By Anastasia Amanda Visbal / NYC educator, Brooklyn Tech High School

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  1. In addition to the mere logistics of Covid infection, students are crying in class because they are afraid of being targeted on their way home, bringing the disease to their siblings with autoimmune disease and parents with underlying disease. This is not about protecting our students but maintaining status quo where as Cuomo stated “wealthier” districts can afford to close but not the city. Flint, Michigan sounds awfully familiar.

  2. As a parent of a BTHS student, I couldn’t agree more. I would add that my son was doing “partner exercises” in gym class last Thursday! I’m most confounded by the infrequent and uninformative emails from school administrators. There is no change in protocol and no reassurances of any kind. I’m keeping my child home indefinitely. I hope every teacher who wants to does the same.

  3. I totally agree with everything you mentioned. The Mayor seems to be focused on loosing healthcare workers who are parents and would have to stay home if the Public Schools are closed. He also mentions that many of the children depend on the Breakfast and Lunches the schools provide. Well, this situation is extremely devastating to our children and families. He’s more concerned about how the parents will manage. When parents have children, they should be held responsible for feeding them and having a plan B for childcare. It’s not fair to the responsible parents! I refuse to send my son into such dangerous conditions. It’s my responsibility to keep my son and my 86 year old mother who has COPD safe. Therefore, I will not continue to wait on the Mayor’s decision. It’s ridiculous! He won’t be able to replace my family; therefore, I will do whatever I have to do to keep them safe and healthy. We have too much to loose!

  4. I don’t quite understand why our kids are still being exposed to this virus by going to school. I get the rational behind the decision but this is my take on this issue. During the summer months while school is out free meals are still available to our students and the same parents whom our elected officials are making excuses for find adequate childcare for our kids. If social distancing is what is being recommended to contain the spread of this virus, then why are we still using the excuse that parents may not have adequate childcare and the ability to provide healthy meals for the kids. Why can’t we do what we do during the summer months and provide the free meals. We are asking companies to cut back on their staff working in offices and set up remote capabilities so that we lessen the chances of the virus spreading . It takes a village to raise a child, now is the time when the village needs to come together for the safety of our young kids. Please Mr. Governor and Mayor let’s respect the advise of our medical experts and act now before we start reacting to hundreds of hot spots that we could avoid.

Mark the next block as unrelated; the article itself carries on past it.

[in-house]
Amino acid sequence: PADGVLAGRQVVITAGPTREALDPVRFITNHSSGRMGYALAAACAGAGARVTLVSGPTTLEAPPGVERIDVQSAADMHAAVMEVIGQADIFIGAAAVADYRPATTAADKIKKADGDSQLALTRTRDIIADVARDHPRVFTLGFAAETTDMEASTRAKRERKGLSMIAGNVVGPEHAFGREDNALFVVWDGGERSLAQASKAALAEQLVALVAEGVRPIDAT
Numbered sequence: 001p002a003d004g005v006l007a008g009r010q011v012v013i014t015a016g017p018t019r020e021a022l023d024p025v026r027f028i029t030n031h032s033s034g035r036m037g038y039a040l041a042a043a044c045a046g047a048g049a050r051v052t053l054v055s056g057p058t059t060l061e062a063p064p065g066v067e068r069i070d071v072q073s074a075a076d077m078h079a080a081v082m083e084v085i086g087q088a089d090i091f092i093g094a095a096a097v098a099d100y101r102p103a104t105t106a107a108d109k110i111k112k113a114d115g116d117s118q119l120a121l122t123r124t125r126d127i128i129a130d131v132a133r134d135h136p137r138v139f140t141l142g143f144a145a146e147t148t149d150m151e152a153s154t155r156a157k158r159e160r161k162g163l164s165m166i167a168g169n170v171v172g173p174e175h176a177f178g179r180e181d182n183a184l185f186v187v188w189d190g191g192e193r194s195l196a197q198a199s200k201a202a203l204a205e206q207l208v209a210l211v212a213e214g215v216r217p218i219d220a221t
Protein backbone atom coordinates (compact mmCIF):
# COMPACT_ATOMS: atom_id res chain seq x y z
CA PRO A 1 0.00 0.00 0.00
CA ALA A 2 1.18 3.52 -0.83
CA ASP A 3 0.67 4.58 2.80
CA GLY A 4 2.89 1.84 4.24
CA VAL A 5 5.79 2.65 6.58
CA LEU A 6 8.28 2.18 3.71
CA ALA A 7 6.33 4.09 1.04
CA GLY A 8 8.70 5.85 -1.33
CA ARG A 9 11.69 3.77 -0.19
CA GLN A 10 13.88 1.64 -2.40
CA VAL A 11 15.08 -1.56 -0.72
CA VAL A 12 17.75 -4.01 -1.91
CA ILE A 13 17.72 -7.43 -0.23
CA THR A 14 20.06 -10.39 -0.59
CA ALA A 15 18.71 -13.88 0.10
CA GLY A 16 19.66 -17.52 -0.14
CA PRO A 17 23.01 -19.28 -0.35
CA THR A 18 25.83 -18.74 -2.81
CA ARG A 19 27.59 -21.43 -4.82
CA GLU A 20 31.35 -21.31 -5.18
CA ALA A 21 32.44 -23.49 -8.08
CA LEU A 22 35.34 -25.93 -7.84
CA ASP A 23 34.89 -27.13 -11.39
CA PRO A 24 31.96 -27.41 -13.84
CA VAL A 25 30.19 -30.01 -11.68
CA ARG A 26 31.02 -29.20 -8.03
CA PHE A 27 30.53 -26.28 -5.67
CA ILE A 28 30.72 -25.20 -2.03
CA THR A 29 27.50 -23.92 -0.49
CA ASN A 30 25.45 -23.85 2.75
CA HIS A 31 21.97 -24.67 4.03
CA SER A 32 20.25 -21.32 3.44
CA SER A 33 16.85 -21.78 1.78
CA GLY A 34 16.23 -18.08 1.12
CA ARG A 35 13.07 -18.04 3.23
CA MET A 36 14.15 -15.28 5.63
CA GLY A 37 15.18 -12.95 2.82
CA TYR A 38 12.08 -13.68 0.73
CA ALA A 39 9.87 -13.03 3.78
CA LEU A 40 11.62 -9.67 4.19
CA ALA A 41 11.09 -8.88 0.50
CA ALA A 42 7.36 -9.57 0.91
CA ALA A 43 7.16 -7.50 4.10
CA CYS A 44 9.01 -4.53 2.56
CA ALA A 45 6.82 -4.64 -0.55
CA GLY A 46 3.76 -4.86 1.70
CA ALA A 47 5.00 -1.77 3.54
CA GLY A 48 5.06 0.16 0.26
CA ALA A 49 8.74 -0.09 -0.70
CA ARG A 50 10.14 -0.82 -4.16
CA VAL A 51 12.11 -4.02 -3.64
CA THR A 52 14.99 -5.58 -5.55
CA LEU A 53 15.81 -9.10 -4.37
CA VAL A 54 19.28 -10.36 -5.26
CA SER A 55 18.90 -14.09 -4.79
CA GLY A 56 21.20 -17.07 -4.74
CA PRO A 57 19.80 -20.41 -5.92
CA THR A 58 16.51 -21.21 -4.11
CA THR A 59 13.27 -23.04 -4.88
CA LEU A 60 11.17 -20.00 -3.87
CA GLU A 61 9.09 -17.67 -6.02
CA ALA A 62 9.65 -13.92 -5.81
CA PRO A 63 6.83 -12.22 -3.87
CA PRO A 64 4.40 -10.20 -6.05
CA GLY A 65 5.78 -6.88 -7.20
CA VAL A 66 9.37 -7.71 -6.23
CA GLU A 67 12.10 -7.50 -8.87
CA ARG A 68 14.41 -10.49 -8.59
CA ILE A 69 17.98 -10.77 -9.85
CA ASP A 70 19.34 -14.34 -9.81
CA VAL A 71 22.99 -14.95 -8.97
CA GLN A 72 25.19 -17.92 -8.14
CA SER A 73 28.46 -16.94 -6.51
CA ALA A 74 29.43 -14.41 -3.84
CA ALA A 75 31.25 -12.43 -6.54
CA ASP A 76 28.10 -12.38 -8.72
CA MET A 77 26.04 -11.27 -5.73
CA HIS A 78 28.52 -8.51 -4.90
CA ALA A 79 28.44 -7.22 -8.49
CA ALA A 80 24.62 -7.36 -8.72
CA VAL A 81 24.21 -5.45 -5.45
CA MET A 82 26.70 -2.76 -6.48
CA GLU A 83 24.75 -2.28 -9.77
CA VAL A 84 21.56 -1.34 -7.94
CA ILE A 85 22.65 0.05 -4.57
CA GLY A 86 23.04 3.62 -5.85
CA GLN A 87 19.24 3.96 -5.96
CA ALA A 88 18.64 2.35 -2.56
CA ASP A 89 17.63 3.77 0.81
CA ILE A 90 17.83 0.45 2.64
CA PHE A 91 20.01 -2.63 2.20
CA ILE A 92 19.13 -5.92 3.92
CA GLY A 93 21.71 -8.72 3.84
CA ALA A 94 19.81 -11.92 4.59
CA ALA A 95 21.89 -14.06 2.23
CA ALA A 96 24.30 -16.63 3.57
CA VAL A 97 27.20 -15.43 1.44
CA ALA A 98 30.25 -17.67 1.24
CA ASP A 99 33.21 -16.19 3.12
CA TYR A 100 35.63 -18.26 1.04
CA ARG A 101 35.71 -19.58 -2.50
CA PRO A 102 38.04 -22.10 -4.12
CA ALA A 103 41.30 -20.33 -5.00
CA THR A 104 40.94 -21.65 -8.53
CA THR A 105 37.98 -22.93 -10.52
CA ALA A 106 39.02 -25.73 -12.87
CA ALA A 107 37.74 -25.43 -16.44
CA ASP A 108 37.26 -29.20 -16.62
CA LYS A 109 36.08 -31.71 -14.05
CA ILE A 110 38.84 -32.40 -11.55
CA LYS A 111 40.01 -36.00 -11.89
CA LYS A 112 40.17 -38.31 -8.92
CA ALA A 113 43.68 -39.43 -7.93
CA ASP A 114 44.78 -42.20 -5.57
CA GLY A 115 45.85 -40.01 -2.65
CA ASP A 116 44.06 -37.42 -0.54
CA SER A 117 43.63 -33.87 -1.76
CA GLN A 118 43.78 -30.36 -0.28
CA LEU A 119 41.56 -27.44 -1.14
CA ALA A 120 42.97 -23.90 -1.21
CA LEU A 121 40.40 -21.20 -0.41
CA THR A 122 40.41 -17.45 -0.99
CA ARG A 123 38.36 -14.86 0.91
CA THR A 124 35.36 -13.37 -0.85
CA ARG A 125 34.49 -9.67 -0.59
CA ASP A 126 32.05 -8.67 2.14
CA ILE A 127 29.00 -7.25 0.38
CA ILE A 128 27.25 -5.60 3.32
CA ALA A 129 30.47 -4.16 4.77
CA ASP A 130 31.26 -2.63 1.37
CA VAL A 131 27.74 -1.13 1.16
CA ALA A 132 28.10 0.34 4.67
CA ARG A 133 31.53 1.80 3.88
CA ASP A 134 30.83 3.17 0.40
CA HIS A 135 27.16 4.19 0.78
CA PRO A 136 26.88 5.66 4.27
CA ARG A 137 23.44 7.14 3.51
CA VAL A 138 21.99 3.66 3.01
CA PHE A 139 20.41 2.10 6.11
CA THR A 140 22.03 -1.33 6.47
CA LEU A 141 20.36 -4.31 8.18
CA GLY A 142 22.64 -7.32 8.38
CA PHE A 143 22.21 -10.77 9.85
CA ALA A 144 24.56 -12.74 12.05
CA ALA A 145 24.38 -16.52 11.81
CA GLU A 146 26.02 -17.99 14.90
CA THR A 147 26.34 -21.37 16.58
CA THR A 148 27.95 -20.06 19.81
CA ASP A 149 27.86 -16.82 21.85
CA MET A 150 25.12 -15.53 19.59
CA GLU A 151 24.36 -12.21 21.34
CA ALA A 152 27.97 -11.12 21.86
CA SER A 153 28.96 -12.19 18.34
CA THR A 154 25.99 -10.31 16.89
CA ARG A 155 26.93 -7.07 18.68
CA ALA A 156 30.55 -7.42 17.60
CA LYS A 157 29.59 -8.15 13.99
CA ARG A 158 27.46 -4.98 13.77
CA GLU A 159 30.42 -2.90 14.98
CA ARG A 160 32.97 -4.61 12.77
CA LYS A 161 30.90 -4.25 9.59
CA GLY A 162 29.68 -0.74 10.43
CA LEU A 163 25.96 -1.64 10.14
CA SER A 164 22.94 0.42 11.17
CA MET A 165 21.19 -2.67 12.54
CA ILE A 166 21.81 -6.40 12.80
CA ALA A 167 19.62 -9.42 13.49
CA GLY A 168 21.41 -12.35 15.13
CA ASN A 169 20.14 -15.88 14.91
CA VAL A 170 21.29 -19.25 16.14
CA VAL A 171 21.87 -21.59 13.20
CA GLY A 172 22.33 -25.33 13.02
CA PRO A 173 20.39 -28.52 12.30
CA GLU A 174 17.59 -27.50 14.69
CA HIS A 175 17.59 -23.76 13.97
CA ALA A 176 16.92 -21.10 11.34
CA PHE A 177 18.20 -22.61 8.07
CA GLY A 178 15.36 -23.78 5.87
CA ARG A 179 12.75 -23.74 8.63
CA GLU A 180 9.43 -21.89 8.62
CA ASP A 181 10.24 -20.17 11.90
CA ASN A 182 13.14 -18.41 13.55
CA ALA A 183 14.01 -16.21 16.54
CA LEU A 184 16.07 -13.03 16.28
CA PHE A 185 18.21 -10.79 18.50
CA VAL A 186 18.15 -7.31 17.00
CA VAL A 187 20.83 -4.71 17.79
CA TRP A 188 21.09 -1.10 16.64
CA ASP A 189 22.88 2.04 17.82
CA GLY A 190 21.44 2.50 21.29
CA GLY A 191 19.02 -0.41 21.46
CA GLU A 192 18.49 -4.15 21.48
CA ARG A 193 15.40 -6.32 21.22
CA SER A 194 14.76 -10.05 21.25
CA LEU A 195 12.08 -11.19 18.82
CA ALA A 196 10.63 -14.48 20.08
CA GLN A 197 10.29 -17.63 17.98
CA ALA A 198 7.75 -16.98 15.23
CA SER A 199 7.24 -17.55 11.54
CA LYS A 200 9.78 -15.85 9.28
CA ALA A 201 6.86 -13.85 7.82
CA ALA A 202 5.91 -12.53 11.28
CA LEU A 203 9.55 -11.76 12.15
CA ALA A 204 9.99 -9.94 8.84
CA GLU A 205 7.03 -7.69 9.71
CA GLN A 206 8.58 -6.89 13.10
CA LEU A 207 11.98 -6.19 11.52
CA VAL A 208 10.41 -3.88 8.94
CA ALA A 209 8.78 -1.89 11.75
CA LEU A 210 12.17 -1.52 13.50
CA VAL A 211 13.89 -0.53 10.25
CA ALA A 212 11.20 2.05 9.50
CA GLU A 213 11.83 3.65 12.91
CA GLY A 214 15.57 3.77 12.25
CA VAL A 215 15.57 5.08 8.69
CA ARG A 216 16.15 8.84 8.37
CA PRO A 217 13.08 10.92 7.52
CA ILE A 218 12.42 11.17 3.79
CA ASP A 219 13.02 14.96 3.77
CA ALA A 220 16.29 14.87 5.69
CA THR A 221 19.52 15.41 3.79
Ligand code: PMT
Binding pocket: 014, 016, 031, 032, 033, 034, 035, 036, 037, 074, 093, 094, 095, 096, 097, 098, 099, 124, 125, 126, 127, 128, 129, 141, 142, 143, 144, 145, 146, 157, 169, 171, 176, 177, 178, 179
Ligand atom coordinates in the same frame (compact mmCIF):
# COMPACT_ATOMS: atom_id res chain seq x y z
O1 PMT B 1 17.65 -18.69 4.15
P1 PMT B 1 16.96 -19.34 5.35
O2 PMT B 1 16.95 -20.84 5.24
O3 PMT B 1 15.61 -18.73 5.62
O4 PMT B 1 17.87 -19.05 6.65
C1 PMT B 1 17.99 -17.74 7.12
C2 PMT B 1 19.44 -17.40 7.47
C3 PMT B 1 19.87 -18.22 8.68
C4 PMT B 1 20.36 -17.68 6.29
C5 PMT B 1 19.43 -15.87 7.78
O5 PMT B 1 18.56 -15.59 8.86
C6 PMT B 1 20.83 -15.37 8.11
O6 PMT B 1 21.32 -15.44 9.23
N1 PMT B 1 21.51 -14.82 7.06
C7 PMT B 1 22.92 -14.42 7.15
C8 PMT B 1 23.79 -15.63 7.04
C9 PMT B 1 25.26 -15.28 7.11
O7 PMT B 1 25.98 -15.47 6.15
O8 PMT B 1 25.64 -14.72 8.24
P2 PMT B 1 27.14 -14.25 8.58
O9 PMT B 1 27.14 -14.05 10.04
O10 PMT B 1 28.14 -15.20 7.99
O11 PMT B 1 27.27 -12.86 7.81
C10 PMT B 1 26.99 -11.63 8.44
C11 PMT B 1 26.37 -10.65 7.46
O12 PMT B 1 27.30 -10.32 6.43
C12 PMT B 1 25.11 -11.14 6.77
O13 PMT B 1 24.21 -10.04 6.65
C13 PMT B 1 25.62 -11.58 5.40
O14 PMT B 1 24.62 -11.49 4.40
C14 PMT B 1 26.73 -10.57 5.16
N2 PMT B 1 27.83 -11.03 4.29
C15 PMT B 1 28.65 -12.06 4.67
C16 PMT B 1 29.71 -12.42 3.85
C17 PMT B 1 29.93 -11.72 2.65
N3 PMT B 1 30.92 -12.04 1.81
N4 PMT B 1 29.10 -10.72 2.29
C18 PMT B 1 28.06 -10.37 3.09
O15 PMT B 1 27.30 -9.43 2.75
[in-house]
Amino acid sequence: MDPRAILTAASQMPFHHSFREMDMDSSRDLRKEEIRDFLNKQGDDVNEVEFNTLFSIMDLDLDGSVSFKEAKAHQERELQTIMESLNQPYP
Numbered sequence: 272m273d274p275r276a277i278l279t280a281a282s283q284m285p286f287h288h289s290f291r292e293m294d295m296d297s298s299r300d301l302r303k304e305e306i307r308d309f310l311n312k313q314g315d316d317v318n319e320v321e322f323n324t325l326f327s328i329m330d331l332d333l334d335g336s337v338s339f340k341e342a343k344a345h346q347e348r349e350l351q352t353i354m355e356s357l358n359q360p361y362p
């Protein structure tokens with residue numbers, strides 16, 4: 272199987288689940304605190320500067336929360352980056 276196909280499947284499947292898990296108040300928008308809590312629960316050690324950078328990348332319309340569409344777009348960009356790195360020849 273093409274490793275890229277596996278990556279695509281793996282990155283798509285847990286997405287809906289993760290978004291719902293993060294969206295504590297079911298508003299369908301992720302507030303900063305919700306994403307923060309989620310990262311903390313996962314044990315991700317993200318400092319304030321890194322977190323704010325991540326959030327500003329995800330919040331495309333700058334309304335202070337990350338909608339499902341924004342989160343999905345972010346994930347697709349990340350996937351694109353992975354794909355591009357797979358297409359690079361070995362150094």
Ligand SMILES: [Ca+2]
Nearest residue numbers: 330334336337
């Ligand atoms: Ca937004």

Rev. C

  5. We’ll written Anastasia Vishal. You put it in perspective. It’s past time to close the schools for the health and safety of every individual involved.

  6. We as a people are no longer allowed to think for ourselves. The government knows better. Six weeks after 9/11 the postal facility I worked in had anthrax. The CDC came in with sealed outfits and went through decontamination at the end of their shift. Postal employees were given face masks and latex gloves

  7. So persuasive! I remember how crowded and unsanitary things can get with so many students and staff members on the move. Confined to the department office when your classroom is empty? Yikes! We can all only hope that this situation will force a lot of re-thinking about how we go about our daily lives. Thank you for taking the time to write this. Bravo.

  8. 3/17

    Now Brooklyn Tech has two confirmed cases on the faculty and still teachers are being asked to come to school for training on the approach remote learning that will roll out next week. Training that can easily be conducted remotely with teachers at home, safe from infection and transmission.

    The DOE and BTHS leadership are displaying not only stupidity but also criminal negligence. David Newman needs to grow a spine and take some obvious decisive steps to leading the school through this pandemic. Or step aside for someone who will.